Frequently Asked Questions About Diet and Cavity Prevention

Is my child getting the right amount of fluoride in his/her diet?
What is the best kind of diet for my child?
Does diet affect my child’s dental health?
What kind of diet is considered good for my child’s teeth?
Does this mean I should just eliminate all sugar out of my child’s diet?
What information can help me know more about tooth decay in infants?
Is my child getting the right amount of fluoride in his/her diet?

Unless your community has regular fluoridated water in the supply system or you have the proper amount of natural fluoride in your well water, it is advised that your child have a substitute for this in his or her diet. Based on your child’s weight, age, and height, we can help you determine the right amount of fluoride they should consume in water and use in toothpaste.

What is the best kind of diet for my child?

A healthy and balanced diet is imperative for your child, especially as these are their prime years of growth and development. Essential nutrients and vitamins are also required in order to nourish your child’s body well. Certain food groups we recommend are meat/fish/eggs. vegetable/fruit, bread/cereal, milk, and other dairy products.

Does diet affect my child’s dental health?

Yes. A balanced diet is imperative to incorporate in your child’s meals. Having your child eat the proper foods does a good amount of service towards them developing healthy teeth as well as feeling better. If they eat an excessive amount of foods that are high in sugar and carbohydrates however, this can contribute to tooth decay and even cavities.

What kind of diet is considered good for my child’s teeth?

Just as we mentioned before, it is important for you to implement a nutritious diet as well as sustain healthy eating habits in order for your child to maintain good dental health. Provide healthier food alternatives for them to snack on instead of sugary ones (candy) and high in starch foods like pasta, breads, and potato chips. We understand it is difficult to completely stray from sugar as it is contained in mostly everything: milk-based products contain sugar as well as the common bagged lunch, peanut butter and jelly sandwiches. To get more flavor and less sugar out of your child’s lunch, replace the jelly with these alternatives: apples, bananas, or pears. Chopped dry fruit is another good substitute to pair with the peanut butter as well. Also, portion the amount of peanut butter you use as its contents are higher in fat, so in this case, we recommend the “no-salt added” or less in sodium peanut butter alternative.

Does this mean I should just eliminate all sugar out of my child’s diet?

No. Though a lot of foods are not recommended because of their sugary content, there are still foods out there that contain sugar and can be beneficial to your child’s diet. We also advise starch-based foods to be consumed when it is incorporated into an entire meal. We encourage you to talk to our staff so you can find out more on how to improve your child’s diet as well as their dental care.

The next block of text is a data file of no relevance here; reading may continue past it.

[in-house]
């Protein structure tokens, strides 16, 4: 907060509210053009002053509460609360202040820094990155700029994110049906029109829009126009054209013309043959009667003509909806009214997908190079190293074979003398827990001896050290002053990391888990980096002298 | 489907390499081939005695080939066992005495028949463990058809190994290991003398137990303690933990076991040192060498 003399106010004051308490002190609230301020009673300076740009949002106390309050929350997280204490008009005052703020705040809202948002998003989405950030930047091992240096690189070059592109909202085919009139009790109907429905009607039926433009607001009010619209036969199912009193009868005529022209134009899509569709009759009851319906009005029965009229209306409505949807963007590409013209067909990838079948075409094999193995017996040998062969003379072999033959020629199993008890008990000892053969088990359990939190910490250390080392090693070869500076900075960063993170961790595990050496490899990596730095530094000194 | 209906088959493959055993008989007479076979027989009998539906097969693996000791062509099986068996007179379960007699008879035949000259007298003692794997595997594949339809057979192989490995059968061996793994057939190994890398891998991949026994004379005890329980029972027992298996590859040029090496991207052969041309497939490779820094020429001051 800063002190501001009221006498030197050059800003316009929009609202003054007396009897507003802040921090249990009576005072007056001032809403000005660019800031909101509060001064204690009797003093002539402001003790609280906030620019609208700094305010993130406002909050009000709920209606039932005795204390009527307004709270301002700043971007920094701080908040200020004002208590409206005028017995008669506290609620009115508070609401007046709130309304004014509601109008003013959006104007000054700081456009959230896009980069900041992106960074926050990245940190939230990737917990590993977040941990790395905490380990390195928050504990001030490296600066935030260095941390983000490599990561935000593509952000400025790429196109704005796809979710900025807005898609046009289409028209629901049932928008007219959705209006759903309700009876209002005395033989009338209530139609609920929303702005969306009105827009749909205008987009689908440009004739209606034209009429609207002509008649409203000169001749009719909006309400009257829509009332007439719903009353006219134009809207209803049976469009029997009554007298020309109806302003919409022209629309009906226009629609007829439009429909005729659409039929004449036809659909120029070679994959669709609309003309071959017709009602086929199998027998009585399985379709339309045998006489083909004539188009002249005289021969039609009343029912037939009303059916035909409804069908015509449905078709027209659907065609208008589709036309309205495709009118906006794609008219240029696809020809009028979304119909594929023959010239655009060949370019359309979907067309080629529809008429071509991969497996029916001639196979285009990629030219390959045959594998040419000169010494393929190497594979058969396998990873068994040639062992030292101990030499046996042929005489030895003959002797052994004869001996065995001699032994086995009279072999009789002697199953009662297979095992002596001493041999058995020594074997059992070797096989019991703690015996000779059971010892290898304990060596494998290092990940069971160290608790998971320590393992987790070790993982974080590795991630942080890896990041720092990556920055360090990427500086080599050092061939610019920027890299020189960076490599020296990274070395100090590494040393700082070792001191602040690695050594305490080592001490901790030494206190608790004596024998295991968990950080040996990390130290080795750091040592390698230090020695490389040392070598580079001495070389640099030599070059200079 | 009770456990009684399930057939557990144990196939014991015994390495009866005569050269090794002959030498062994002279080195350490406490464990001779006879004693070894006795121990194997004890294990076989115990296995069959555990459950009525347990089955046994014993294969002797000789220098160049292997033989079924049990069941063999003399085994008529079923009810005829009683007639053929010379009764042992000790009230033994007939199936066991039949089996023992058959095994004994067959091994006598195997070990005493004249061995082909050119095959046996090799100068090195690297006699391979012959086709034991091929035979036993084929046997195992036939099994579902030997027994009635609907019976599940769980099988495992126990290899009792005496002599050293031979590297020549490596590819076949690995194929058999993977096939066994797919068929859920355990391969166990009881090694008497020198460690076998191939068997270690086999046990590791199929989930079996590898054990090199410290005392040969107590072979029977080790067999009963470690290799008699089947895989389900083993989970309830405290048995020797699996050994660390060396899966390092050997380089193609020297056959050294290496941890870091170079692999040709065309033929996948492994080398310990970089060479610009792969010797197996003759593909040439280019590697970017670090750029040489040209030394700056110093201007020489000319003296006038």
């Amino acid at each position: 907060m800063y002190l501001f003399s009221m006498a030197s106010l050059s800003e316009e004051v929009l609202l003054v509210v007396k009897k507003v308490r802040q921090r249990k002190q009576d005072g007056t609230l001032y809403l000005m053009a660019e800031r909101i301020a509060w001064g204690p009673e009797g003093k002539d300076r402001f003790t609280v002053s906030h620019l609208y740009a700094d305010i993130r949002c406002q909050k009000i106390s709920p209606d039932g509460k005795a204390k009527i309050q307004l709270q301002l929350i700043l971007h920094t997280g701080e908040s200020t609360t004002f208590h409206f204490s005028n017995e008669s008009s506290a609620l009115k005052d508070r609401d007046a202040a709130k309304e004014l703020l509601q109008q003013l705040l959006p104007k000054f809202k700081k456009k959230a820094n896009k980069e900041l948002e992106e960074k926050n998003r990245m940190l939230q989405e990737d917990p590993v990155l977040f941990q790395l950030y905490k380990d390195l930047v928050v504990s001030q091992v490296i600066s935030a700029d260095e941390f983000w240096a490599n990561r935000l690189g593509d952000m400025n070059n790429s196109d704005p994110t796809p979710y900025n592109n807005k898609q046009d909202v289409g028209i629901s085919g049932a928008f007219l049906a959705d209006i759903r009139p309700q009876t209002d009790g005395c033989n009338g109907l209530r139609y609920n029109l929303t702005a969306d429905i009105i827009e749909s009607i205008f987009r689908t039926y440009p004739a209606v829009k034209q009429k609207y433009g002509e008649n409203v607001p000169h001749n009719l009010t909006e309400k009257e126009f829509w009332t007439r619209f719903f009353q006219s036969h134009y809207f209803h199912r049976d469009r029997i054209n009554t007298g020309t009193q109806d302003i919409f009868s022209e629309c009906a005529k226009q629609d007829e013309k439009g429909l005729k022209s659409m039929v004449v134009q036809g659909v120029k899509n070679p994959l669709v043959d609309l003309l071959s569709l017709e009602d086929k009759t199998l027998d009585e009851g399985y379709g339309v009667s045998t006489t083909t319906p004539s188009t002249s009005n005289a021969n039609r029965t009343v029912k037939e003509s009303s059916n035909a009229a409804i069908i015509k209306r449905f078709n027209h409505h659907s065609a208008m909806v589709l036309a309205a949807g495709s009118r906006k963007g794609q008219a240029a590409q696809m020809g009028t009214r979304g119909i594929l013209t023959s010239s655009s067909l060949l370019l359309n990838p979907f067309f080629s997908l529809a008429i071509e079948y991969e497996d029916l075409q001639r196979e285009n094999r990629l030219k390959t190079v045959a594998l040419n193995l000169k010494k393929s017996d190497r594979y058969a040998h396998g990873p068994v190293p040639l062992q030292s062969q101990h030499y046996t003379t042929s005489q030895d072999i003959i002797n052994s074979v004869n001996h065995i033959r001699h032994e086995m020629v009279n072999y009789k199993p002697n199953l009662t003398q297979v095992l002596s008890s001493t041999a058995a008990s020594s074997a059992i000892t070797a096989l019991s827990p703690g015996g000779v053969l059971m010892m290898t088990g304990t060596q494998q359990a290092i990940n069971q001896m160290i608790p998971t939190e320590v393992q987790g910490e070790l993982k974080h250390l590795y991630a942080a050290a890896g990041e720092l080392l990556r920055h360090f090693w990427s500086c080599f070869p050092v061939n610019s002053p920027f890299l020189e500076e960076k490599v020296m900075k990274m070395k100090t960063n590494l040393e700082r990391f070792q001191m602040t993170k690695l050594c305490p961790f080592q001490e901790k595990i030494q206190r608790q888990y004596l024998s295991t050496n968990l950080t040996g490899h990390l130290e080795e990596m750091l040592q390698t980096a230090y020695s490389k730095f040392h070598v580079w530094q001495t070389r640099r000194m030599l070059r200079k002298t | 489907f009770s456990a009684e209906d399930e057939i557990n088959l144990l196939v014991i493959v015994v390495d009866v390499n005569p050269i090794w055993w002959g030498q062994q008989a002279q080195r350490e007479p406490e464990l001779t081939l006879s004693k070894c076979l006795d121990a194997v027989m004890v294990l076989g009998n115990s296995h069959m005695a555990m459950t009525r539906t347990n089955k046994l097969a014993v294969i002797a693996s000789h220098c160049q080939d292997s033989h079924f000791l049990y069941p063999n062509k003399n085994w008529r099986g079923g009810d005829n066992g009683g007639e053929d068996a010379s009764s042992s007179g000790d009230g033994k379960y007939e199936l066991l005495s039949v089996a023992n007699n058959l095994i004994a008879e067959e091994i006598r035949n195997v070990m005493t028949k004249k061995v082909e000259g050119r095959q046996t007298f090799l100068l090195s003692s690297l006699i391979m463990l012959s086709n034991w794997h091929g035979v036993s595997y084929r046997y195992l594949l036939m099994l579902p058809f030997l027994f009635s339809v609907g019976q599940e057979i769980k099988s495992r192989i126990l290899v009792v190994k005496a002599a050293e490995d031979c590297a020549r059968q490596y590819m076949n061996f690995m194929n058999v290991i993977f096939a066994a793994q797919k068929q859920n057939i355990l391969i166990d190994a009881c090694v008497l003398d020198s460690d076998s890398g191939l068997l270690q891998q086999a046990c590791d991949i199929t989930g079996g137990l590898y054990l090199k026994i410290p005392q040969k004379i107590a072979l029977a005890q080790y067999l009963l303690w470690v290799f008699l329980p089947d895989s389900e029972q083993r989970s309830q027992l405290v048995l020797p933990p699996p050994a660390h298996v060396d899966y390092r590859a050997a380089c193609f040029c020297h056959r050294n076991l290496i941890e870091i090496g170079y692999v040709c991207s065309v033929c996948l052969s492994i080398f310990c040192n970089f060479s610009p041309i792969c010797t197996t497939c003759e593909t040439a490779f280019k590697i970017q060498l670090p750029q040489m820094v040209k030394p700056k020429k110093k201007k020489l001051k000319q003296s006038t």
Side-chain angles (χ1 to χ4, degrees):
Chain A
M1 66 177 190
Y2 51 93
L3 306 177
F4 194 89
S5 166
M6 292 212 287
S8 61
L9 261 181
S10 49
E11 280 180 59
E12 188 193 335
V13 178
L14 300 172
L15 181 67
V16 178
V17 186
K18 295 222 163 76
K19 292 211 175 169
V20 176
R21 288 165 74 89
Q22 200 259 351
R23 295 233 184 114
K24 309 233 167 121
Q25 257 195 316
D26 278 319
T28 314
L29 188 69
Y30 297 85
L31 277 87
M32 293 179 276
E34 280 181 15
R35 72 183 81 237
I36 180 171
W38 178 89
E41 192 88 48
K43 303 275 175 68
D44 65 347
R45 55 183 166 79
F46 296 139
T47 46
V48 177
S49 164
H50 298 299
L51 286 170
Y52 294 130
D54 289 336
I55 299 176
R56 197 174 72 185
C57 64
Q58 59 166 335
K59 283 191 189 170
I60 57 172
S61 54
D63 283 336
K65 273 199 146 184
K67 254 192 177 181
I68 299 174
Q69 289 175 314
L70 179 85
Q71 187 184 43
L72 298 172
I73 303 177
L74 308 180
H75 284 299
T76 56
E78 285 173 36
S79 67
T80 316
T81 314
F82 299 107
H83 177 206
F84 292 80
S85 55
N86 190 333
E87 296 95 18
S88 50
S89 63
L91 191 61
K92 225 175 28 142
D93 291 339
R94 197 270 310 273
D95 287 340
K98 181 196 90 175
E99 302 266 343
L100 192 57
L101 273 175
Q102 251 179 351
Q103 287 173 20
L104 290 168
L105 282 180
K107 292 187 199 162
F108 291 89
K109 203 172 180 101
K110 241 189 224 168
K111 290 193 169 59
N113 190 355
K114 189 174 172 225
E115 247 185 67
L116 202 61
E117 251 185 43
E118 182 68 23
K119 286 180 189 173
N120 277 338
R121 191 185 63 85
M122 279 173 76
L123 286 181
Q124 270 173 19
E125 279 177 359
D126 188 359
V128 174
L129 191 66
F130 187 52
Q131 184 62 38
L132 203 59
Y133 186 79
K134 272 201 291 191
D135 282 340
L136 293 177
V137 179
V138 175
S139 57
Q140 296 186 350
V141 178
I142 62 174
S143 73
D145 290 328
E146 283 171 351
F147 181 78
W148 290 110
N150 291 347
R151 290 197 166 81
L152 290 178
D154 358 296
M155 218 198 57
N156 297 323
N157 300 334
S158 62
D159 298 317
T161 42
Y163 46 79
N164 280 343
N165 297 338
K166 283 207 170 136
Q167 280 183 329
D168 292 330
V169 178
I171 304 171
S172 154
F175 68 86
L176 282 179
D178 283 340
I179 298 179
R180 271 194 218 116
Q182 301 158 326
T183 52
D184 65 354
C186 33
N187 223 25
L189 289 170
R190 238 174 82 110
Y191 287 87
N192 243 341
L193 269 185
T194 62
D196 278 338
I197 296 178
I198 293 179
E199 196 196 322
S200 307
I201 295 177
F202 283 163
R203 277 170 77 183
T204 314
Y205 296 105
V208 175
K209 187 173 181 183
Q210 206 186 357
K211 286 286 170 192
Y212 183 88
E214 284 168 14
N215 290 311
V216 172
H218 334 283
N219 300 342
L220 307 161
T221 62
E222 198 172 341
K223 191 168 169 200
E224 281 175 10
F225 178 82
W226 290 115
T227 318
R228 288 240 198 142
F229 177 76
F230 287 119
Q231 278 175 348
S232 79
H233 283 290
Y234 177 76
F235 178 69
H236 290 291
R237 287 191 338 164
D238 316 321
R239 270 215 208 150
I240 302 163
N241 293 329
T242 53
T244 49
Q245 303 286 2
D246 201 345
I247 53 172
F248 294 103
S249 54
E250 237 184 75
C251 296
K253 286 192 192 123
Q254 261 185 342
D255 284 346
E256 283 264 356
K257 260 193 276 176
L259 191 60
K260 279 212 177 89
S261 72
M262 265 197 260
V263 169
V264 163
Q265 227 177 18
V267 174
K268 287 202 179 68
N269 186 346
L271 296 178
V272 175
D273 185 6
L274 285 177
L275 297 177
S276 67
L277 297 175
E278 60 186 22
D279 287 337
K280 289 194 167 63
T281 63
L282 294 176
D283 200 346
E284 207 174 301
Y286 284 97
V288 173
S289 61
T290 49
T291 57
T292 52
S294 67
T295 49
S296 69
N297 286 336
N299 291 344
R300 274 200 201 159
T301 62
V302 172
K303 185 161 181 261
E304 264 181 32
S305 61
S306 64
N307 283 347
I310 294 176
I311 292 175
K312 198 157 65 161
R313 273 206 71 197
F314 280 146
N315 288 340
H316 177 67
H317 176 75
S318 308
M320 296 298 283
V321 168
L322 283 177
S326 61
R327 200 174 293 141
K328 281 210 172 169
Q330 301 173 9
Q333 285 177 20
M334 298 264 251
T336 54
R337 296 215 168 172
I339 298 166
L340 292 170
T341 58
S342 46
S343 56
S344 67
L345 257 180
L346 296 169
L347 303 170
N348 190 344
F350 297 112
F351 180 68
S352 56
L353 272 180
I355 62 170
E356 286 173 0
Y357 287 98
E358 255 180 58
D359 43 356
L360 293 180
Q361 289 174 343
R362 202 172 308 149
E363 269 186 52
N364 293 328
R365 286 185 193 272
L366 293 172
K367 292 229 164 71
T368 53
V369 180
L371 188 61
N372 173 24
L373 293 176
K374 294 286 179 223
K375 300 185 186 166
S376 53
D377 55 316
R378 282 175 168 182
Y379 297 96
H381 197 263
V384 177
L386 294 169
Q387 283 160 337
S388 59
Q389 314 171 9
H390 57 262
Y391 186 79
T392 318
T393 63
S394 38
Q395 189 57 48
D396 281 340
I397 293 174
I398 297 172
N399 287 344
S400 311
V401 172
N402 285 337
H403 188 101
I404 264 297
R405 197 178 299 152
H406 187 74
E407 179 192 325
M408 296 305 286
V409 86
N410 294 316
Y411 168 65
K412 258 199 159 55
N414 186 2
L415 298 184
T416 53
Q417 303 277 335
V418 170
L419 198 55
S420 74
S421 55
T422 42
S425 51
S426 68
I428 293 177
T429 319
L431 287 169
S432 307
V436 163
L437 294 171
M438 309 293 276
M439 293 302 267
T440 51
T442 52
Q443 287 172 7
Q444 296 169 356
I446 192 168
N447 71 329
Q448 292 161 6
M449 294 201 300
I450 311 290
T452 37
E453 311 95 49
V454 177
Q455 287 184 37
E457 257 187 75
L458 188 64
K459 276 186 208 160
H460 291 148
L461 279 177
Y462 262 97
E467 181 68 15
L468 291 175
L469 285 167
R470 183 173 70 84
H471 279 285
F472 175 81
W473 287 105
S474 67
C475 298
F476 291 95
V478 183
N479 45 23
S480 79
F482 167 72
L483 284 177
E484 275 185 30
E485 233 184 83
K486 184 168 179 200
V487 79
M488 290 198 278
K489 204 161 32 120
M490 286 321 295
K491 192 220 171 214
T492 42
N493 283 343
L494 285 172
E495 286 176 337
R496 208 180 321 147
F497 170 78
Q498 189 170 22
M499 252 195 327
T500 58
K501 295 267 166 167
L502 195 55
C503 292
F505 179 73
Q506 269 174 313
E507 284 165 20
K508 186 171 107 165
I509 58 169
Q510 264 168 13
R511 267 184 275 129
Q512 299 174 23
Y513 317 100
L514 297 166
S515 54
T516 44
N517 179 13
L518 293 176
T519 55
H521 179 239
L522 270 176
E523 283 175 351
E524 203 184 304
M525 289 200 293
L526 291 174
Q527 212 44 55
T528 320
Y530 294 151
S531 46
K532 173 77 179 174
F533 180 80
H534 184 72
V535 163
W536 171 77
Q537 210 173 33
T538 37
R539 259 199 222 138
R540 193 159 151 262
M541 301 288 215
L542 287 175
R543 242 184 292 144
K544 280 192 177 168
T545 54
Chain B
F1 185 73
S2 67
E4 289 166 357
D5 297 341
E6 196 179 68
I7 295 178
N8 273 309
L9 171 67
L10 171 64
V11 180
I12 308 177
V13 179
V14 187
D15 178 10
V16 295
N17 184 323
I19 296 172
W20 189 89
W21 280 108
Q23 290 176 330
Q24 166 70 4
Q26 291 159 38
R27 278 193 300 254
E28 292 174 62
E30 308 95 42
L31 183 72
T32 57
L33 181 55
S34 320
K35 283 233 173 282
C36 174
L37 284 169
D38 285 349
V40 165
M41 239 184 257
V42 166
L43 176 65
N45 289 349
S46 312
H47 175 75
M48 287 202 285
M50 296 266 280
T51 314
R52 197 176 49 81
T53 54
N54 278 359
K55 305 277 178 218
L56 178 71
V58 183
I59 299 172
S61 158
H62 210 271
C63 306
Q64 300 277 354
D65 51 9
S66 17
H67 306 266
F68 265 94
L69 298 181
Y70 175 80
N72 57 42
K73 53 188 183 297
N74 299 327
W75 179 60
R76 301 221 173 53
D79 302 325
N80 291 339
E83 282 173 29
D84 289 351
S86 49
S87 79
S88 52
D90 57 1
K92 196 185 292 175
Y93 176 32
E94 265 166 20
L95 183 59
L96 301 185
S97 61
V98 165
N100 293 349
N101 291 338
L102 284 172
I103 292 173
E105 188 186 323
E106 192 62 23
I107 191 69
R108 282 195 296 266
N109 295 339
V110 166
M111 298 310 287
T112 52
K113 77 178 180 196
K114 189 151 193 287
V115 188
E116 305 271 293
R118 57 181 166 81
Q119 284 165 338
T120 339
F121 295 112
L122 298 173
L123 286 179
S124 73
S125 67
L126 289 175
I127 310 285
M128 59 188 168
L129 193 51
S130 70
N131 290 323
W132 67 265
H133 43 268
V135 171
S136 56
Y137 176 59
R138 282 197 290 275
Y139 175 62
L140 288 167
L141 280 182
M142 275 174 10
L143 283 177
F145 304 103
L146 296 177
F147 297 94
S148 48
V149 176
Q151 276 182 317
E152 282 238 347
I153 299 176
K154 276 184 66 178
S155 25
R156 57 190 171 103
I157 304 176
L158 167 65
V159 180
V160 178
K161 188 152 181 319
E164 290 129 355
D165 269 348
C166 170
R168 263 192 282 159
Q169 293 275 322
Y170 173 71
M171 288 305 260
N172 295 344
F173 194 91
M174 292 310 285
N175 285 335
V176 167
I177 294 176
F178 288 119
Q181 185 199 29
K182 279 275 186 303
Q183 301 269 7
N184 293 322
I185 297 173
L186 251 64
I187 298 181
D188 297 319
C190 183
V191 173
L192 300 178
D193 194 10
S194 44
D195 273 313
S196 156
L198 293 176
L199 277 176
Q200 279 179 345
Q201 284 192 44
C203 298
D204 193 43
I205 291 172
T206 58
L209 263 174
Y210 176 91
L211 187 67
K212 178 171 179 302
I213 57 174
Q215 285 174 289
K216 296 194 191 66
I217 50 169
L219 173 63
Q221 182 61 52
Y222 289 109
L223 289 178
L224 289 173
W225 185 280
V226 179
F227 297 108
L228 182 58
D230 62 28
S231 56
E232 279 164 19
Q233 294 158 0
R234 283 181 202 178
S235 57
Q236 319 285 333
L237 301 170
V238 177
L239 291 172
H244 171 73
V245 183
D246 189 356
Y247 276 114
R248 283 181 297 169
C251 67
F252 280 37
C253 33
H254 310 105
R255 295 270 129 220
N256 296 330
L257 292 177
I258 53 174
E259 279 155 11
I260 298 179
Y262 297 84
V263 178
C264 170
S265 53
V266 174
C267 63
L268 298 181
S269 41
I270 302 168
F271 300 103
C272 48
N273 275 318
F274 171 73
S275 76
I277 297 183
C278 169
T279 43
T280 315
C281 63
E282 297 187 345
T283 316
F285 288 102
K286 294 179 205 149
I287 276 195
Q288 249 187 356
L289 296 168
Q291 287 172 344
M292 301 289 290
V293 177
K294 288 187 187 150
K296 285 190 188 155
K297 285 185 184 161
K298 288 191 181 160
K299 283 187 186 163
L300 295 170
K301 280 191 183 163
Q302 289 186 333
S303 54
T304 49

What information can help me know more about tooth decay in infants?

Do not nurse your children to sleep or put them to bed with formula, juice or a milk bottle. This is because when a child sleeps, the remaining liquid in their mouth can become a breeding ground for bacteria. This bacteria can produce acid and damage teeth. A pacifier or water bottle should be used instead.

Frequently Asked Questions About Tooth Loss

What do I do if my child’s baby tooth is knocked out?
What do I do when my child’s permanent tooth is knocked out?
What should I do if my child has a fractured or chipped tooth?
What if my child has a toothache?
What is the best way to prevent dental injuries?
What do I do when my child’s permanent tooth is knocked out?

Rinse the tooth in cold water and don’t scrub it. If possible, hold the tooth in its socket and keep it there with a clean gauze. If you are unable to do this, place the tooth in a container of milk or in water if milk is unavailable. Then call any one of our offices immediately or if it is after hours, feel free to give our emergency number a call. The tooth has a greater chance of being salvaged the sooner you take action.

What should I do if my child has a fractured or chipped tooth?

Please contact our office as soon as you can. Again, the sooner you take action, the better chances your tooth has of being saved! In the meantime, rinse the mouth out with water and apply compresses to reduce swelling. If possible, find the broken part of the tooth so it may be bonded back together.

What if my child has a toothache?

Call one of our office locations to schedule an appointment. In the meantime, rinse your child’s mouth out with water and apply a compress to reduce discomfort.

What is the best way to prevent dental injuries?

If your child participates in any aggressive sports, be sure to have him or her wear a mouth guard. In addition to childproofing your home, maintaining regular dental visits is important too.

Frequently Asked Questions About Dental Sealants

What are dental sealants?
How do dental sealants work?
How long do tooth sealants last?
Which teeth should be sealed?
What does a dental sealant procedure entail?
What is the importance of brushing and flossing after applying dental sealants?
What is the cost?
What are dental sealants?

A dental sealant is a thin plastic coating painted on the chewing surface of the teeth. This helps to prevent the formation of tooth decay.